Description: This letter from September 1968 is another from the years-long series of correspondence between Rockwell Kent and Leonard Halpin. Kent began this letter by lamenting that Halpin had been unable to travel back to the Adirondack North Country for some time. He then updated Halpin, his former landscaper, on the state of his yellow-woods (which he considers Halpin's 'children,' as he has "always thought of my own works as my children"), his lilacs, and his hay and corn harvests.
Kent and his wife had a "beautiful and unforgettable experience" travelling to Newfoundland in summer 1968, a trip arranged by the province's Premier, "in official atonement for the injustice done me more than fifty years ago by my expulsion as a 'German spy.'" He considered the trip an "antidote for the hideous political conventions" of that year, and compared the political situation to Sinclair Lewis's It Can't Happen Here, about the rise of a fascist dictatorship.
Kent then moved on to discussing the "so far peaceful occupation" of Czechoslovakia by the Soviets, and "the full realization of the seriousness of the counter-revolution that was in preparation" there during the Prague Spring. Kent then stated that "the spread and final world-wide establishment of socialism is the only guarantee" of the "defense of peace of earth." Kent closed with good wishes for his friend, and a wish for both a warm Indian Summer and a visit from Halpin.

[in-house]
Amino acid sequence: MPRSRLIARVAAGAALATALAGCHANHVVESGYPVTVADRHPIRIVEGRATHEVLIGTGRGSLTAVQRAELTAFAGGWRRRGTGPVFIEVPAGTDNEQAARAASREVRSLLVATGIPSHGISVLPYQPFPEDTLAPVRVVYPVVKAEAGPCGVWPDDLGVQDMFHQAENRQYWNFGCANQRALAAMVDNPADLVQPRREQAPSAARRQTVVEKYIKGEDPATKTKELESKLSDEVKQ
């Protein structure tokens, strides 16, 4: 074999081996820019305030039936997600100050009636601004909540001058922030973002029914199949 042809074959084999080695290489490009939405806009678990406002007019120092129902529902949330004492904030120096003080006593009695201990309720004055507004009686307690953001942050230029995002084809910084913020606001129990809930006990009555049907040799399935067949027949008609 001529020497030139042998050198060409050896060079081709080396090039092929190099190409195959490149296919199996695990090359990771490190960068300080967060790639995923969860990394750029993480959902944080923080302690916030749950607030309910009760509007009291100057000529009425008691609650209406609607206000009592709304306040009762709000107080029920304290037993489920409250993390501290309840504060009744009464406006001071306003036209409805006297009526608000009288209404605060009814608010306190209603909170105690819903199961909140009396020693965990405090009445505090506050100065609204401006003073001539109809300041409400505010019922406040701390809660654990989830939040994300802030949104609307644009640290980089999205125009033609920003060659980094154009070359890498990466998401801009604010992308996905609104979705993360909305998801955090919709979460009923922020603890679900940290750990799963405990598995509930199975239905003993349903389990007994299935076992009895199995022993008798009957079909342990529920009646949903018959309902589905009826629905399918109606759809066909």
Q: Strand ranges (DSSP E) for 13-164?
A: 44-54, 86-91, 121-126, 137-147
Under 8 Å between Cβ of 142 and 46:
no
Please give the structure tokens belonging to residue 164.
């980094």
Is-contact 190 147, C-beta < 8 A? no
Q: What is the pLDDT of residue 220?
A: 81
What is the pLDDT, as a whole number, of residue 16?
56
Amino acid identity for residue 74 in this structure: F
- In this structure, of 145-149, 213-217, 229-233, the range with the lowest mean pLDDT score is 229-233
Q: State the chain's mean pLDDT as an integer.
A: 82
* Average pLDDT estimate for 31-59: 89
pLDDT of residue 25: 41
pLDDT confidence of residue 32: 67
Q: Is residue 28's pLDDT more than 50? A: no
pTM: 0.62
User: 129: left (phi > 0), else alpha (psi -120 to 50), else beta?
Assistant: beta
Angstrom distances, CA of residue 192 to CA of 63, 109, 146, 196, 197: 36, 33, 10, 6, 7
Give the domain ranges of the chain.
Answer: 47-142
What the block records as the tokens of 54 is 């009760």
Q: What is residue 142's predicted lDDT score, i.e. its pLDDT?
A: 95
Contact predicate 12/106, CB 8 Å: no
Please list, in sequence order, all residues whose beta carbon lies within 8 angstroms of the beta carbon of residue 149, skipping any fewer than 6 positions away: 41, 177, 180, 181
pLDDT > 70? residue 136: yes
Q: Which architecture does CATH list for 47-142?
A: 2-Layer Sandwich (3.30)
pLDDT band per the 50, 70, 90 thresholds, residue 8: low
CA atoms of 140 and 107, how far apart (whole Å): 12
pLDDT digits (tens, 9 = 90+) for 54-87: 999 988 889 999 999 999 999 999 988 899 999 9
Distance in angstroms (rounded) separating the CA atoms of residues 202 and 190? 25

Rockwell Kent (1882-1971) was a prolific American artist and author, as well as a socialist political activist. He is best known for his book illustrations, particularly for editions of Moby Dick and the works of Shakespeare, as well as his own memoirs, in addition to his painted landscapes of wild places such as Greenland, Tierra del Fuego, Alaska, Newfoundland, and Maine. He was very interested in politics and ran, unsuccessfully, for Congress in 1948. His socialist activism and connections to the Soviet Union affected his popularity as an artist and author and led to the revocation of his US passport (ultimately returned to him by the Supreme Court in 1958) and to his being awarded the USSR's Lenin Peace Prize in 1967.
Typed on two sheets of paper; the first is Kent's stationery, with the red Rockwell Kent/Ausable Forks image at the top center; the second is plain typing paper. Kent signed as simply "Rockwell" in blue ink, in his typical small, cramped hand, at the end of the letter. Both sheets of paper measure 11" x 8.5" Also accompanied by the 4" x 9" postally-used transmittal envelope with Kent designed poster stamp "Peace on Earth". Item #A00684
Condition: Fold lines, otherwise in very good condition. The envelope was very neatly opened at the flap; it is lightly soiled, but in quite good condition overall.